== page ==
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Hilton's New Human Trafficking Policy May Hurt Victims More Than Help

By sharing ICE's tip line with guests, the international hotel chain exposes trafficking victims and others to greater possible harm.
The Hilton Cherry Hill in New Jersey.

The Hilton Cherry Hill in New Jersey.

At the check-in counters and guest rooms of Hilton properties across the United States, visitors may notice business cards which read, "HUMAN TRAFFICKING IS HAPPENING NOW." The cards exhort guests to report "suspected human trafficking" to a hotline belonging to Immigration and Customs Enforcement. Hilton describes these cards as part of its strategy for addressing human trafficking, but in encouraging its guests to report each other to ICE, the international hotel chain is exposing trafficking victims and others to greater possible harm, including detention and deportation.

The human trafficking cards distributed by Hilton direct readers to a phone number described as a Department of Homeland Security number, which connects to ICE's "Homeland Security Investigations Tip Line." The hotline takes reports on "suspicious criminal activity," which includes terrorism, drug smuggling, money laundering, and other crimes, in addition to human trafficking.

In a 2018 report, Polaris, a leading anti-trafficking non-profit organization, revealed that, since launching its National Human Trafficking Hotline in 2007, it had recorded 3,596 cases of human trafficking involving a hotel and, additionally, 75 percent of the survivors it surveyed had some contact with a hotel.

Hilton distributes the human trafficking cards in "key markets where signage in public facing areas and guest rooms has proved useful," wrote Max Verstraete, vice president of corporate responsibility, in a statement to Pacific Standard.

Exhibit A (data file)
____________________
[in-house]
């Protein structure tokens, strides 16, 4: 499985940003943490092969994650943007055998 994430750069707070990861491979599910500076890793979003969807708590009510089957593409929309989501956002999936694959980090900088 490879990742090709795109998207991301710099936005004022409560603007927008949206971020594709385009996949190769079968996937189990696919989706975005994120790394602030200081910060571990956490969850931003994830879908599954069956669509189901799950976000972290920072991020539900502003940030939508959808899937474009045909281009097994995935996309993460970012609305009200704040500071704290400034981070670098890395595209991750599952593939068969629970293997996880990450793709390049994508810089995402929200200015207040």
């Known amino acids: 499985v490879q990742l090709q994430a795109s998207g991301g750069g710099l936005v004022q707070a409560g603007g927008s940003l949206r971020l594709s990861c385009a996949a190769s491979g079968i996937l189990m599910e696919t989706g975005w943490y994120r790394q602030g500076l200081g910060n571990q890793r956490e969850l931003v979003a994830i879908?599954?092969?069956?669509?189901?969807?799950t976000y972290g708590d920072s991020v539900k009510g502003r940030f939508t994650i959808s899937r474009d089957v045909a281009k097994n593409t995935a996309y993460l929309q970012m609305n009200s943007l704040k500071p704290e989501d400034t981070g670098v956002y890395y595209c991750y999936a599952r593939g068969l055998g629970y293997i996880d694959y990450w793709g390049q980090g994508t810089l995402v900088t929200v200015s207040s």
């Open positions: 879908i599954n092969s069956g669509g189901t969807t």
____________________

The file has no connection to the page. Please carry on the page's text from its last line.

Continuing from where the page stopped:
When asked if the hotel chain had any qualms about ICE's treatment of the people it detains, Hilton had no further comment.

Similarly, ICE did not respond to multiple requests for comment for this story.

While ICE's mandate includes "fighting human smuggling and human trafficking," the agency has received criticism for its propensity to detain and deport victims of human trafficking, along with other undocumented immigrants caught in its operations. The National Human Trafficking Hotline attempts to ask callers for their consent to report their experiences to law enforcement agencies like ICE, but immediately informs the authorities in cases where the Hotline suspects child abuse or imminent harm.

Other organizations like Freedom Network USA, the largest coalition serving human trafficking victims in the U.S., are more apprehensive about the role of ICE and the DHS, which oversees ICE, in addressing human trafficking.

"Immigrant victims [of human trafficking] are often arrested and held in detention without being identified as trafficking victims," says Jean Bruggeman, executive director of Freedom Network USA. "Detained immigrants are held in prisons in remote locations with limited access to attorneys, making it unlikely that they will be identified as a victim, and are therefore likely to be deported."